Clark County generated 700 new jobs in 2012 and maintained unemployment rates below Ohio and national averages in recent months, according to a new state report.
Unemployment rates in both Clark and Champaign counties remained virtually the same from November to December, but unemployment decreased more than 2 percentage points for the year, an Ohio Department of Job and Family Services report released Tuesday said.
“The economy will continue to slowly improve through 2013, and we think the state will continue to add jobs,” said Ben Johnson, ODJFS spokesman. “But again, we’re talking about a slow recovery, which is what we’ve seen since the recession. It could be months where the unemployment rate climbs slightly or plateaus — a lot remains to be seen.”
For example, Clark County’s December unemployment rate was 6.4 percent, up slightly from 6.3 percent in November and down from 8 percent in December 2011.
In Champaign County, the unemployment rate stayed at 6.2 percent in December, which is down from 7.5 percent in December 2011.
Both counties have had unemployment rates in the 6 percent range for the last four months.
Clark and Champaign counties have both improved rates but for different reasons, Johnson said. In Champaign County, more people are finding work. In Clark County, new jobs have helped but the rate also is lower because more people have dropped out of the workforce.
The labor force in Champaign County decreased by about 100 people in 2012. In Clark County, it decreased by around 500 people, according to ODJFS data.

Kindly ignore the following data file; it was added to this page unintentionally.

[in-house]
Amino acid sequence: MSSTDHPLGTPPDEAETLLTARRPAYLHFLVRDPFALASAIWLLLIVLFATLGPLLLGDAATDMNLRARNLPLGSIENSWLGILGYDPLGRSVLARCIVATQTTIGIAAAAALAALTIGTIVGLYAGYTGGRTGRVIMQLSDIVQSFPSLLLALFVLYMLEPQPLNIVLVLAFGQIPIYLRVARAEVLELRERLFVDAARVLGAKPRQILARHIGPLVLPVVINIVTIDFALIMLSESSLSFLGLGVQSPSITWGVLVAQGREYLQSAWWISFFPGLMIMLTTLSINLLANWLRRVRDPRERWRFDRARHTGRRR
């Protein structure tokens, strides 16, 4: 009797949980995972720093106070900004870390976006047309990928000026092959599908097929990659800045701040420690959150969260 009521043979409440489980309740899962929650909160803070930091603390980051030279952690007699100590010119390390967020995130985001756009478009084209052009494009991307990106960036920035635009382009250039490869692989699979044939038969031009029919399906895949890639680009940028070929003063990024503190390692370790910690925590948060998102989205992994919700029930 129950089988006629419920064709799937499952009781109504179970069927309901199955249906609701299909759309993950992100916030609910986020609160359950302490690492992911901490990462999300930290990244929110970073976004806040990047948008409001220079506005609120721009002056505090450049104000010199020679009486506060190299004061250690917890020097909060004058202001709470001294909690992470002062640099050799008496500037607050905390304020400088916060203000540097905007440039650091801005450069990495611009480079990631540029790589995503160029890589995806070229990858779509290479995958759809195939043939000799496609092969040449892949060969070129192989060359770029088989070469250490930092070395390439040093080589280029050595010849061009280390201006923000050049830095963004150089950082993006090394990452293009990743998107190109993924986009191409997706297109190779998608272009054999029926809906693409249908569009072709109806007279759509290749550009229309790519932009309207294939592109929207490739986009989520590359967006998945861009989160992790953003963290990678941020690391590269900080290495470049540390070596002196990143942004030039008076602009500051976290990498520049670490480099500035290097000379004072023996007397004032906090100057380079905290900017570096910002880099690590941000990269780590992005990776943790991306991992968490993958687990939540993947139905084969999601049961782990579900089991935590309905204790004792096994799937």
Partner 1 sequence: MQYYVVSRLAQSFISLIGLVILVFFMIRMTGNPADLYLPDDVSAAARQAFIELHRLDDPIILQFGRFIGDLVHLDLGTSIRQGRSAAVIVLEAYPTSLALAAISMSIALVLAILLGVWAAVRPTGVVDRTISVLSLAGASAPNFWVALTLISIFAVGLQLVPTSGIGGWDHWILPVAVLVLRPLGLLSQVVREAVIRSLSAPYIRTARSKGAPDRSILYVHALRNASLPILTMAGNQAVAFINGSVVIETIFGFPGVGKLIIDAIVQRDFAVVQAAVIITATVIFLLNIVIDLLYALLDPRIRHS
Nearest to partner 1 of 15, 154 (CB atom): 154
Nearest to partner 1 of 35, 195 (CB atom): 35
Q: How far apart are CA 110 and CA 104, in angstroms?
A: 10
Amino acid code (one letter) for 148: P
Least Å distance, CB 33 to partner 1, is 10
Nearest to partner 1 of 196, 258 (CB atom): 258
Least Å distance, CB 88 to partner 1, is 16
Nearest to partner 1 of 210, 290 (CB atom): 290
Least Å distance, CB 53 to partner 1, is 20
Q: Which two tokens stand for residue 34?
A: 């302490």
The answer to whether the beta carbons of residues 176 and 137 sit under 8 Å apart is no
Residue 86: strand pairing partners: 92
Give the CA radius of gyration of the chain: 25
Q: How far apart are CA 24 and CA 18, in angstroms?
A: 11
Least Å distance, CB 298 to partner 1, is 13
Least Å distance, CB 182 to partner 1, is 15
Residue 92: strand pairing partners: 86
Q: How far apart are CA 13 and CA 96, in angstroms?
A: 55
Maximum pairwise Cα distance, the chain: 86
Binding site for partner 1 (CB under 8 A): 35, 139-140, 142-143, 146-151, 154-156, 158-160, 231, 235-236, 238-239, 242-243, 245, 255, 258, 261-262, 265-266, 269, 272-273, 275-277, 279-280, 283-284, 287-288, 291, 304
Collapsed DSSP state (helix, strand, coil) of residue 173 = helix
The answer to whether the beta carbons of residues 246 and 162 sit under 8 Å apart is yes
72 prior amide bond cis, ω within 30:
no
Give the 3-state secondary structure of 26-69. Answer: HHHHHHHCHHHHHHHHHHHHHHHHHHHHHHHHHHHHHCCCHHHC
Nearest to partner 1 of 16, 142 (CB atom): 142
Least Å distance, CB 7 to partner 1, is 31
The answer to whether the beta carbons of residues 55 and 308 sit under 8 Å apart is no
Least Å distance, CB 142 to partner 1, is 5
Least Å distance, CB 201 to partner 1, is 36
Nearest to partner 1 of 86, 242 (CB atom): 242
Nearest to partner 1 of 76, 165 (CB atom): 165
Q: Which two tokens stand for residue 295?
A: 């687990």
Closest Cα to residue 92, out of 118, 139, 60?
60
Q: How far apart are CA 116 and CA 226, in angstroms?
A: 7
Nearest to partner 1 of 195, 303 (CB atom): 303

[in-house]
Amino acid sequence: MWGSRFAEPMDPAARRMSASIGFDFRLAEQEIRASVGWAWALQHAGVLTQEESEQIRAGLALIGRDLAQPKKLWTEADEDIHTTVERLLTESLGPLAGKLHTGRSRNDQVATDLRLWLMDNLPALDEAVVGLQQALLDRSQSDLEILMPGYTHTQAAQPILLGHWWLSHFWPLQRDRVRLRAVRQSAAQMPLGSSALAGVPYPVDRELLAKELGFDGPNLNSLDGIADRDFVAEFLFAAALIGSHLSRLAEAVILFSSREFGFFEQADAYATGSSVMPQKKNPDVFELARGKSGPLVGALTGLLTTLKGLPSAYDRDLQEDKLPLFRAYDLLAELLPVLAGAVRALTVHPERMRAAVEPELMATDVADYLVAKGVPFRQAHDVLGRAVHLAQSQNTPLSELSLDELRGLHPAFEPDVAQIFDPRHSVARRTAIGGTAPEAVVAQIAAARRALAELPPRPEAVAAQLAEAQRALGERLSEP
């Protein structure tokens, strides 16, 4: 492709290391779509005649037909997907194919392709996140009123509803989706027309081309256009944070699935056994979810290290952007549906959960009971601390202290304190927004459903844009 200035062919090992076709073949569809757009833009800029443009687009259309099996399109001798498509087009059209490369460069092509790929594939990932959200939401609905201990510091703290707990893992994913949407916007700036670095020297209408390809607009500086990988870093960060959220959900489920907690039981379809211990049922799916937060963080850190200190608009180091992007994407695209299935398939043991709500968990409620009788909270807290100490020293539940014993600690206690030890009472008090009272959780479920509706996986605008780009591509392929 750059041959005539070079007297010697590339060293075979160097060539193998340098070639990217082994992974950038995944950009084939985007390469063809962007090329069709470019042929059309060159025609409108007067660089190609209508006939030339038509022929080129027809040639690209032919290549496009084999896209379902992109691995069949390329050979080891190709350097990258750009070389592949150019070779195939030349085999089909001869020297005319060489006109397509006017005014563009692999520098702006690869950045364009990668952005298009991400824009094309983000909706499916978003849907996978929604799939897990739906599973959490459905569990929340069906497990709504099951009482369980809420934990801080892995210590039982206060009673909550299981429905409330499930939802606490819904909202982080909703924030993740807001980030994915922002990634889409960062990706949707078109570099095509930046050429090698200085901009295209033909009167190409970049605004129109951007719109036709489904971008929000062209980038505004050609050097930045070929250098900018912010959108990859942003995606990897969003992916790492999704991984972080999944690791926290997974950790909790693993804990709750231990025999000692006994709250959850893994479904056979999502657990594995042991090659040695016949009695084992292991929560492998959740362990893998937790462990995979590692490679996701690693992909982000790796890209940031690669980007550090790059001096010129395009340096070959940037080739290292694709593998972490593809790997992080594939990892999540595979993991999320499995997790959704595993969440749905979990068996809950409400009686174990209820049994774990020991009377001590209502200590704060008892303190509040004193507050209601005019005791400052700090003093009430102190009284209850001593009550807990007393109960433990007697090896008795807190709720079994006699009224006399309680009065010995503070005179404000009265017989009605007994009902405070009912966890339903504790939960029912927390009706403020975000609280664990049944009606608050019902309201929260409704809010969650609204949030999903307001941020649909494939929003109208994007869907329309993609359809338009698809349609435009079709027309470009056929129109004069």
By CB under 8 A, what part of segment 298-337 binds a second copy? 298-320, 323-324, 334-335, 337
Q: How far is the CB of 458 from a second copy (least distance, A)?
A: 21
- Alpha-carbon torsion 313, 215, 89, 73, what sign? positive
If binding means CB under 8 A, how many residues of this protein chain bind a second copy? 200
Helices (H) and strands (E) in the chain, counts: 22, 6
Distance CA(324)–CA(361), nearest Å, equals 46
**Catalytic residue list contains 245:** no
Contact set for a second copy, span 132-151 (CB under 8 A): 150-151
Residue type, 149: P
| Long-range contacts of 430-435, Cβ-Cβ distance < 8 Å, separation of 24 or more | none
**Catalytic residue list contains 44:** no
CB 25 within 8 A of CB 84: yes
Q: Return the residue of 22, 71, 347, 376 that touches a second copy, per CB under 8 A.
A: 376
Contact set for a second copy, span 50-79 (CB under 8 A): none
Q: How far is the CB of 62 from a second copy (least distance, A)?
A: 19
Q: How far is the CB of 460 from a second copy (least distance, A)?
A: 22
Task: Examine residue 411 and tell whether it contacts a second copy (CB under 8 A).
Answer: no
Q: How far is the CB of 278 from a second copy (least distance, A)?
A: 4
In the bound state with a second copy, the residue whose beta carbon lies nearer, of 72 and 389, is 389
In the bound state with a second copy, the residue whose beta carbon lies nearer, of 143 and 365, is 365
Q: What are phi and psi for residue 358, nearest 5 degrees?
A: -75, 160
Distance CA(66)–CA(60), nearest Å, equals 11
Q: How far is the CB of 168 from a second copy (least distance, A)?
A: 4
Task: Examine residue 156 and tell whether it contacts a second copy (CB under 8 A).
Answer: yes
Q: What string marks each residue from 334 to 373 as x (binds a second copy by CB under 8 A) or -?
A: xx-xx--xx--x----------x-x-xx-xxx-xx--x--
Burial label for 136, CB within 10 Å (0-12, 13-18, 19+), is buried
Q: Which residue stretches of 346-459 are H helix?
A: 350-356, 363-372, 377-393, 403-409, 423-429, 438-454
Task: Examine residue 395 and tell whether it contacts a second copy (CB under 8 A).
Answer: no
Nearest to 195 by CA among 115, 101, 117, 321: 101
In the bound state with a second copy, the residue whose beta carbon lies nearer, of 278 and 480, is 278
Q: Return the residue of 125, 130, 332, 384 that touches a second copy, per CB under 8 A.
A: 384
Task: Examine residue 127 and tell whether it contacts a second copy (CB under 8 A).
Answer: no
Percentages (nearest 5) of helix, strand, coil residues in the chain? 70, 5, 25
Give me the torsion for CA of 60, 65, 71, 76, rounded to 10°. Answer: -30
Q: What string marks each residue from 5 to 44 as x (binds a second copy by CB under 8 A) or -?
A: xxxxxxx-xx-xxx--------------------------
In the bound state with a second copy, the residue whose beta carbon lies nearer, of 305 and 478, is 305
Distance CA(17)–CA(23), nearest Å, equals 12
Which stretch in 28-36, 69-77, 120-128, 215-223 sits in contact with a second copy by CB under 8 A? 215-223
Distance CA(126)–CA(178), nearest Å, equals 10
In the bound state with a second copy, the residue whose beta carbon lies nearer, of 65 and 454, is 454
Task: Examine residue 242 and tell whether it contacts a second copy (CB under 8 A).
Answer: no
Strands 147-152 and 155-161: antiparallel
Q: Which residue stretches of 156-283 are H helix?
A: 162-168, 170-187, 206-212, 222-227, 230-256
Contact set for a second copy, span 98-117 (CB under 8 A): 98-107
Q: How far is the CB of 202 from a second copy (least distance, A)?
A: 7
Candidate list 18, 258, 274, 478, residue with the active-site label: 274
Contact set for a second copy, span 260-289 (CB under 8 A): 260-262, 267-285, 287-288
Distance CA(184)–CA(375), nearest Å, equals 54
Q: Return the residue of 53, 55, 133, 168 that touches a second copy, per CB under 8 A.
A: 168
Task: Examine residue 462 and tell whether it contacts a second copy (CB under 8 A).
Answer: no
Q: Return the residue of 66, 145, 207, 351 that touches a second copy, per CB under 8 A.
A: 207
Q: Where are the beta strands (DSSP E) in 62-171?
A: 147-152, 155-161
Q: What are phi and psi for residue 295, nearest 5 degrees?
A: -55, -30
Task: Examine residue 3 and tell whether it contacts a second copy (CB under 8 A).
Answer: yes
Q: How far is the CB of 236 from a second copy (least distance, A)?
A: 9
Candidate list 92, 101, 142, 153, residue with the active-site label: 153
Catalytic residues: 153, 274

“That’s where we get into talking about people who have given up in looking for work, who go into early retirement or are going back to school,” Johnson said.
He said that for true economic growth, both the number of people employed and the number of people in the labor force need to improve.
“In previous recessions we have seen periods of time where labor force has grown enough that the unemployment rate has increased slightly over a period of time,” Johnson said. “That hasn’t happened yet in Ohio. What we’ve seen instead is slow growth, and there’s no denying that it’s job growth.”
But local people looking for employment are still skeptical of economic improvement.
“I don’t think the economy has improved,” said Michelle Overton, a St. Paris resident who attended a job fair in New Carlisle in October. She said she has been talking with other people in her field, accounting, and they have all had trouble finding jobs.
Overton found a job in Springfield and has been working full-time for more than a month. She said it was a unique situation where a position opened up during reorganization of a company.
But Springfield officials expect the upcoming year to be more promising than recent years. Mayor Warren Copeland said potential job-creating projects are in the works, including Prime Ohio II and the Champion City Business Park in the former Navistar International site.
“We expect to see more happening in the next 3 to 4 years than in the last 2 years,” Copeland said.
Copeland said most new jobs are created by existing employers rather than new businesses, and that the city and Greater Springfield Chamber of Commerce are working to keep in contact with employers to find out what company plans are and how local officials can help.
The 700 jobs created in 2012 “is basically recovery from the recession, and in Ohio and here locally, that’s gone faster than anywhere else,” Copeland said.